Over 400 localities in the state of New York have moved to ban cannabis sales in dispensaries as well as its consumption in cannabis lounges. The decision of the towns and villages comes as the deadline to opt-out of hosting dispensaries comes closer on December 31, 2021, reports the Associated Press.
The votes and decisions are observed under the New York State Marijuana Regulation and Taxation Act. Under the said act, the localities are given the choice to withhold licenses that pertain to the consumption of marijuana in lounges or for retail dispensaries to operate within their jurisdiction.
According to a marijuana opt-out tracker run by the Rockefeller Institute of Government, approximately 31% of the villages have voted to opt-out of hosting cannabis dispensaries in the area, although the Associated Press this entails the loss of revenue. Meanwhile, the numbers of those who opposed cannabis consumption lounges are slightly higher.
As of writing and with 16 more days left until the deadline, the marijuana opt-out tracker of the Rockefeller Institute of Government shows that out of 1,517 municipalities in the state of New York, 433 have decided to opt of out cannabis retail dispensary sales.
On the other hand, a slightly higher number at 487 out of 1,517 municipalities are against having cannabis consumption sites within their area.
Democrat & Chronicle said that although many of these are towns and villages, there are also other cities that have joined the movement. These include Long Beach in Nassau County, Middletown in Orange County, and Rye in Westchester County.
Speaking on their decision to opt-out, Anita Seefried-Brown from the Alliance for Better Communities located in Watertown, New York, said, “We are concerned that dispensaries in our neighborhoods will normalize the use of marijuana even further than it already is.” Watertown has decided to steer clear of sales.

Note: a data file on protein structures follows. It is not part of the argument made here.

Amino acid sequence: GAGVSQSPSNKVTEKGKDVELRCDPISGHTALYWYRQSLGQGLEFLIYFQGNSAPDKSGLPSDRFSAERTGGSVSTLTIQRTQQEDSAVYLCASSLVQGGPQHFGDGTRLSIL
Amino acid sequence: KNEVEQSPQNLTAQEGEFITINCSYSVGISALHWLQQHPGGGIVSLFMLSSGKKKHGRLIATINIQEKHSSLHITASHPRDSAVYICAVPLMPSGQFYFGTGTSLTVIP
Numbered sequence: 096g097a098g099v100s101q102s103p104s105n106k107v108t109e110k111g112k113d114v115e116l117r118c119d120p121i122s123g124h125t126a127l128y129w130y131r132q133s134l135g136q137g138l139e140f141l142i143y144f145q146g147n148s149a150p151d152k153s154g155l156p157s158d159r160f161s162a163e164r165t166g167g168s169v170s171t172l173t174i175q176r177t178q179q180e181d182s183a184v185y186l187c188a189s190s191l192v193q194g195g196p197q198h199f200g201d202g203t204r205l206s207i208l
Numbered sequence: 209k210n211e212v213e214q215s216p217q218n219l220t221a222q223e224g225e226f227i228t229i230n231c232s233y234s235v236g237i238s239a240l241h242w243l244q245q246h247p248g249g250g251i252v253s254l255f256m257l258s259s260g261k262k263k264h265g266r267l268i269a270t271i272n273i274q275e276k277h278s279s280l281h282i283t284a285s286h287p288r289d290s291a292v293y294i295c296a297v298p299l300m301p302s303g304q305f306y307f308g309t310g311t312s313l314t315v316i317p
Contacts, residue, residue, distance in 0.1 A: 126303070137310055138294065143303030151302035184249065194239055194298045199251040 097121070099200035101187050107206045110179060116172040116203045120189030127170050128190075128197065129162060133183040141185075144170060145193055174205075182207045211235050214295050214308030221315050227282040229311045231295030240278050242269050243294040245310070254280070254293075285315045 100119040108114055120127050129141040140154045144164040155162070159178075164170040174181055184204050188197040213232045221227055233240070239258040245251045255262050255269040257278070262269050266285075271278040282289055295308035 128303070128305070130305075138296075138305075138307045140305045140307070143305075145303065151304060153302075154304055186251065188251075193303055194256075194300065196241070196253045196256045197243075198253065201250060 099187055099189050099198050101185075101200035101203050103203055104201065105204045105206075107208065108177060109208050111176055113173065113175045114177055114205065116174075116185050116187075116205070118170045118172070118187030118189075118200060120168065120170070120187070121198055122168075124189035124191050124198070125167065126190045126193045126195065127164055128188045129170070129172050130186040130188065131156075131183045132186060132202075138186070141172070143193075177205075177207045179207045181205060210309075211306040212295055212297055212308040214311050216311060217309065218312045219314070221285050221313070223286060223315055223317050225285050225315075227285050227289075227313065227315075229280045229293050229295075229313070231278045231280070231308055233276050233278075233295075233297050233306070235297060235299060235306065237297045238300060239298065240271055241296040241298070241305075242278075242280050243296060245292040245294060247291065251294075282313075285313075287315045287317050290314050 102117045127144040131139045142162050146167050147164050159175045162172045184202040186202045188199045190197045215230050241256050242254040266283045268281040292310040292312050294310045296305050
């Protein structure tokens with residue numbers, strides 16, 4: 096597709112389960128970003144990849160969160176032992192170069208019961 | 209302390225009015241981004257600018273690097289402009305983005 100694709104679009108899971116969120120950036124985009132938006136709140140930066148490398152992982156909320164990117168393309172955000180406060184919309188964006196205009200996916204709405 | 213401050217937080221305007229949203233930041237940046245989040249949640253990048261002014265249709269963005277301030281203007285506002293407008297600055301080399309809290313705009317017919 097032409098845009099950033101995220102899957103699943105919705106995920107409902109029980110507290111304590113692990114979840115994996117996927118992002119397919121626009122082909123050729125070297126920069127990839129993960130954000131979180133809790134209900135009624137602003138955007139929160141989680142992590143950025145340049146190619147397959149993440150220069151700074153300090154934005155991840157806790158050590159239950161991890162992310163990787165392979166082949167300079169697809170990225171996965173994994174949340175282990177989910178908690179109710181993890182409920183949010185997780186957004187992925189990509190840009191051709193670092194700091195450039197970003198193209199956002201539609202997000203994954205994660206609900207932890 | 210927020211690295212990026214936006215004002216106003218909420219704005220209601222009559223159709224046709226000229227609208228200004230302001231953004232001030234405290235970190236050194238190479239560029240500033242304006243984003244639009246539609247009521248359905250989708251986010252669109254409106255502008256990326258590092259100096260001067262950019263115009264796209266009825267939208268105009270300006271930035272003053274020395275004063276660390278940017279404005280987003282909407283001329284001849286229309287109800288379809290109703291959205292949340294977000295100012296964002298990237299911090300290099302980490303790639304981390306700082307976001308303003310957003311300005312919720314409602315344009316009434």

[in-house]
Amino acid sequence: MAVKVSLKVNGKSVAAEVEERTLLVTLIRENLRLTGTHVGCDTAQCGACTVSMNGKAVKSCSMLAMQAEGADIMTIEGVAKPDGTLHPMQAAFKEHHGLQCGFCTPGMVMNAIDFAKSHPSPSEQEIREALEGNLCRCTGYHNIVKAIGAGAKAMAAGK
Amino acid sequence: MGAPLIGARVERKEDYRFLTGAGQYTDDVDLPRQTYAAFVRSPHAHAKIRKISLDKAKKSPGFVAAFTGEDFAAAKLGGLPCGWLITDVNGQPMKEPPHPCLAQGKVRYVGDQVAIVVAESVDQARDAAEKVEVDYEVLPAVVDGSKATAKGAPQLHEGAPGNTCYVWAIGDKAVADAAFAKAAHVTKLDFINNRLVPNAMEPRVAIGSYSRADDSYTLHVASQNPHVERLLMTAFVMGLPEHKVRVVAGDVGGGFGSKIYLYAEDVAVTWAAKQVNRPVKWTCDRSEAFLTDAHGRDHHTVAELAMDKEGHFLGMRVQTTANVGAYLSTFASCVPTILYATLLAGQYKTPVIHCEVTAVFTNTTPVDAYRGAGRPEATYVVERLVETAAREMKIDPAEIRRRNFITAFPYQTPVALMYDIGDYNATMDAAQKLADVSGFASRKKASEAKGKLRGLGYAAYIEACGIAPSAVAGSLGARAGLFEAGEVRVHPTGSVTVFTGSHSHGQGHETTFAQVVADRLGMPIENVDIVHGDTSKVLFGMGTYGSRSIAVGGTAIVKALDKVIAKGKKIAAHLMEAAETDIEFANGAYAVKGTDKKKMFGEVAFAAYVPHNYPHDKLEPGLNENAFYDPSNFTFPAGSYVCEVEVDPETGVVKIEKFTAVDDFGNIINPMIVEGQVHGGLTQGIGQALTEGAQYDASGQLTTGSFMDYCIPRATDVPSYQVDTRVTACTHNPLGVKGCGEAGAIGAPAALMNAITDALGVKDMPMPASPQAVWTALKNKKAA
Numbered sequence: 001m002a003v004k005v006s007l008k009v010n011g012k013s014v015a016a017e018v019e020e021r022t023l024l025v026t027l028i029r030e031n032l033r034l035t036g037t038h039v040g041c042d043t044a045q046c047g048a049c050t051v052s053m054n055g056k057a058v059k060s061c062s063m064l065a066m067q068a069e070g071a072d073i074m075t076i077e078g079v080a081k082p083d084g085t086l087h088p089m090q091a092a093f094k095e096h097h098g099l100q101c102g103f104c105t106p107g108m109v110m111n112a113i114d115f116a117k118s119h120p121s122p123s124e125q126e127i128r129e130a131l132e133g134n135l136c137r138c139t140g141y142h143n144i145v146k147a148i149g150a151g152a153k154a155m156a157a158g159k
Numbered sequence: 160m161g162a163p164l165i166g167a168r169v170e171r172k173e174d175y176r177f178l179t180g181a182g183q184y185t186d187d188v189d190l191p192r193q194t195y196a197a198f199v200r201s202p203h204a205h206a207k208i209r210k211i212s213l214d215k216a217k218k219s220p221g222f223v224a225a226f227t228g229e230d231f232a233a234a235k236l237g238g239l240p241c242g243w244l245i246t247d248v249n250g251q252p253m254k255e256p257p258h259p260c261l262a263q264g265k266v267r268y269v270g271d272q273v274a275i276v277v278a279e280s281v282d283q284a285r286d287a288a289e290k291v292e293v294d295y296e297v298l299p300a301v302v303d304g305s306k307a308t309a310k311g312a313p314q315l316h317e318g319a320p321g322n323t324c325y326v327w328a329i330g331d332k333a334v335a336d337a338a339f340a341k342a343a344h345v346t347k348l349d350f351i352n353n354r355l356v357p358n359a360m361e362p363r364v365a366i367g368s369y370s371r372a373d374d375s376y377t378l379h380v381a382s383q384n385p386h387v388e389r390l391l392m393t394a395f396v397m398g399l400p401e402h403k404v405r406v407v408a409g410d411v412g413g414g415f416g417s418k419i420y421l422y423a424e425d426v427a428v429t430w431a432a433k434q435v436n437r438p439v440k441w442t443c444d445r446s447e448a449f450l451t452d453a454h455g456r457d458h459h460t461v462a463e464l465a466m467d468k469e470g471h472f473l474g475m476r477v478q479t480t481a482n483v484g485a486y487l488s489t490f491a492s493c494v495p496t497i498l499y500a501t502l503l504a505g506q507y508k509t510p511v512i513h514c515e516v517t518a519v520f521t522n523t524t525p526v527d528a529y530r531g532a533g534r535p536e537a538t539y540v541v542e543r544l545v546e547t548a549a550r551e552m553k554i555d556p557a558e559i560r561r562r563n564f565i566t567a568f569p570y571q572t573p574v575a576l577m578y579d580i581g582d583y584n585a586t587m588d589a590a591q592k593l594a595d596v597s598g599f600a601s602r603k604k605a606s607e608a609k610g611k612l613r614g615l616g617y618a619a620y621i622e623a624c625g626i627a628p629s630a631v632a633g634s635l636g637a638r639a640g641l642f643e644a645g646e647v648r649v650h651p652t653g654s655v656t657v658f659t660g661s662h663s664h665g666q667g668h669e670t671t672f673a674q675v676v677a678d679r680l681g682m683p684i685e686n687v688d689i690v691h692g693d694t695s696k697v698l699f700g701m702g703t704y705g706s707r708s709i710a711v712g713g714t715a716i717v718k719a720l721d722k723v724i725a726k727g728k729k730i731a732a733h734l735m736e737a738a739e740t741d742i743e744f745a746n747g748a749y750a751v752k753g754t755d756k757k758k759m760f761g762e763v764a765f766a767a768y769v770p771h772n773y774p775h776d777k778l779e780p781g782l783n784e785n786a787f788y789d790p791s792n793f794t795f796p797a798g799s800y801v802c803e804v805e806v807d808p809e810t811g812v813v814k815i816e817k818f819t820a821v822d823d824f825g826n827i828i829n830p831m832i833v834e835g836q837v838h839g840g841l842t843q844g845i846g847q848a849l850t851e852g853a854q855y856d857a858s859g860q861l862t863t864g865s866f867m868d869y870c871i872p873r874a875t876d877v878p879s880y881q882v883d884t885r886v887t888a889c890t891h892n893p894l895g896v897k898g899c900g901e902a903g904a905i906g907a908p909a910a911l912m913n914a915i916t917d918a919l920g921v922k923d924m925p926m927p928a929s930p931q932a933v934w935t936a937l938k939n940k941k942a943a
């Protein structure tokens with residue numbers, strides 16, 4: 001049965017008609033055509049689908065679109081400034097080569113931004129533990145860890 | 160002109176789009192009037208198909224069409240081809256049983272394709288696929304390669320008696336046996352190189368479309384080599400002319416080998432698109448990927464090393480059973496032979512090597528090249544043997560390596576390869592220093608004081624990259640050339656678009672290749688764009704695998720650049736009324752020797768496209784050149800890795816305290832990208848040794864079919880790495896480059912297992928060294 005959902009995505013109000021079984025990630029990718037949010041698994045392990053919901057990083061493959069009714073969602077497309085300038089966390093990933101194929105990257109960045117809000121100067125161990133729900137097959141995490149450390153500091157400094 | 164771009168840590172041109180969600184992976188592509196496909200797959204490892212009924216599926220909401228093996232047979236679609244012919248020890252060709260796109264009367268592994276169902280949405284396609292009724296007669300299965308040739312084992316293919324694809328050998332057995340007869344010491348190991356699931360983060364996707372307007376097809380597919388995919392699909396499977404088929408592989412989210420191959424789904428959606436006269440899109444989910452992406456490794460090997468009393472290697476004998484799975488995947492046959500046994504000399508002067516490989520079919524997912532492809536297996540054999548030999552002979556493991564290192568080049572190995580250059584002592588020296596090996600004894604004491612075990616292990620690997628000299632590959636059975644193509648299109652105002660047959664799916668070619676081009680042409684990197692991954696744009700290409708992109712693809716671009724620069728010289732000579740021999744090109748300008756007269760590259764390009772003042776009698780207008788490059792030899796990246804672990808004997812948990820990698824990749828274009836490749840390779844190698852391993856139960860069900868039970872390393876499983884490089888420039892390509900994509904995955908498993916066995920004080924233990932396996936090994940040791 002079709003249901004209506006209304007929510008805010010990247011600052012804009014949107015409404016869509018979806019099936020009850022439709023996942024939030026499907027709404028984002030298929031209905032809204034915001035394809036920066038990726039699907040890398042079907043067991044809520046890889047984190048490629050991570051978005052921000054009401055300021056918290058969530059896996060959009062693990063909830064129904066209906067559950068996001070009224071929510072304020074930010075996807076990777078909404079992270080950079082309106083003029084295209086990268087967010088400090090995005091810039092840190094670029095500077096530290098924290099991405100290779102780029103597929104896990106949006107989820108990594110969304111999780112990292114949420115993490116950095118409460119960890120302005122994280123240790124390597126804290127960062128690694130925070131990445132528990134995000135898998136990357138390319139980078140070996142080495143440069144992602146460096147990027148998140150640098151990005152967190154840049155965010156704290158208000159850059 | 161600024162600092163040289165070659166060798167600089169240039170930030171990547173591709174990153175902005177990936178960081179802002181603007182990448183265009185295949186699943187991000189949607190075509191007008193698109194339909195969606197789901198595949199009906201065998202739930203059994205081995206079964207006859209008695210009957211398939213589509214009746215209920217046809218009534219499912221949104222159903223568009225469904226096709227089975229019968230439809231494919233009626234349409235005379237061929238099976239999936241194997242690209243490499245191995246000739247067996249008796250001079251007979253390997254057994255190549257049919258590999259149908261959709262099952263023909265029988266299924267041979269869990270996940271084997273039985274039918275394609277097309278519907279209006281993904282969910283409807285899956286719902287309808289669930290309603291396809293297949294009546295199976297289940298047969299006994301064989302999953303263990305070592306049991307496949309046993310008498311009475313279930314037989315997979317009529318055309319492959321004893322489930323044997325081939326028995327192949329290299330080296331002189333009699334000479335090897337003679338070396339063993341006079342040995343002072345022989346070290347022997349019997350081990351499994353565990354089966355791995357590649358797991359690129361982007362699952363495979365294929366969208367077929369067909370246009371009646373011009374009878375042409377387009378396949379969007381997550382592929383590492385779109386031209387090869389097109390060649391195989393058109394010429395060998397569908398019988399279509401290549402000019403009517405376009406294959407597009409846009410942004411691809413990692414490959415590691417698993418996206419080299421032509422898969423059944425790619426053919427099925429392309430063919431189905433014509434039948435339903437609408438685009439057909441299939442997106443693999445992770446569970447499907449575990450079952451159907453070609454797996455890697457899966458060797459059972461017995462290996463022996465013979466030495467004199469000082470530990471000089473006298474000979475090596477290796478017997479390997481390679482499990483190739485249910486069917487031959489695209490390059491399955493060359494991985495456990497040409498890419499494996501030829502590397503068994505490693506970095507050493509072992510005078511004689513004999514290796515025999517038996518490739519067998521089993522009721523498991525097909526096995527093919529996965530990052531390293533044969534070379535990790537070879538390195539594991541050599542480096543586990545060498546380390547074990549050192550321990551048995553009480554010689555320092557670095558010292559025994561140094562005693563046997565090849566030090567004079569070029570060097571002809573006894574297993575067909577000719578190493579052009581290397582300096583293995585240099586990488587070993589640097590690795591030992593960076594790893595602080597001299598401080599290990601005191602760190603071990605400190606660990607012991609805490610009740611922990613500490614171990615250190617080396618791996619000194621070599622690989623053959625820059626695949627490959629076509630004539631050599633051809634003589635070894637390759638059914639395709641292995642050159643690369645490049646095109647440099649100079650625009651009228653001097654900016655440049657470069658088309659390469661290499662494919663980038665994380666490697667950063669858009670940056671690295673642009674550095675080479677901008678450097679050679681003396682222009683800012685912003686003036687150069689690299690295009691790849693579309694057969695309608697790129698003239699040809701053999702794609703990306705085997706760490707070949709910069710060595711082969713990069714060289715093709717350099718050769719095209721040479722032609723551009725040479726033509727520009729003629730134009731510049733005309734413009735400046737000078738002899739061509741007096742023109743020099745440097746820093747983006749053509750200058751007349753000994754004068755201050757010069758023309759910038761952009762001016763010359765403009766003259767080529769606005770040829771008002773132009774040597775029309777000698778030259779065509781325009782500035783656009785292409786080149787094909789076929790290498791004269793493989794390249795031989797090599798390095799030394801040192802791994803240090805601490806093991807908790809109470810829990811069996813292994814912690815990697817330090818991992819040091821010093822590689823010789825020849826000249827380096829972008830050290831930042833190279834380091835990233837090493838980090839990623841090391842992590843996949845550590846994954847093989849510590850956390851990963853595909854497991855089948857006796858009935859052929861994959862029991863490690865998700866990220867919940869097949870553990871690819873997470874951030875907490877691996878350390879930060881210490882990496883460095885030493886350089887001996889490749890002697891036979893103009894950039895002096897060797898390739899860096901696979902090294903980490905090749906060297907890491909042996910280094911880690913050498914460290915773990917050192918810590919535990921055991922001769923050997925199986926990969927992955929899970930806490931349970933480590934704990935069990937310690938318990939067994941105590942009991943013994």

Just recently, Newsday reports that one of the latest towns to join this roster and opt of out marijuana sales is no other than Huntington. The board reportedly took a vote on Tuesday, December 14, 2021, will all five members voting in favor of opting out of the cannabis dispensaries and consumptions sites.
Rockefeller Institute of Government spokesperson Freeman Klopott said of the relatively high numbers opposing the marketplace, “There no surprise that they’ve acted ahead of the deadline, and we expect some will choose to fully join the marketplace as we build a new, safe, regulated cannabis industry that protects public health and creates opportunity.”
According to the Associated Press, many of those who opposed retail cannabis sales as well as legal consumption sites stemmed from older generations. Meanwhile, more younger people were in support of local sales. The Town of Goshen reportedly won by a single vote in favor of those who wanted to have local sales in the area.
The executive director of the New Jersey State League of Municipalities Mike Cerra also said that approximately 70% of municipalities in the state have also opted out of having different cannabis establishments.
However, with numerous towns opting out way ahead of the deadline last August 21, 2021, Cerra reportedly found that there are some towns that are now reconsidering joining as the state of New Jersey moves to a larger retail cannabis market. The same fate could await New York municipalities as well with still a few weeks left before the deadline.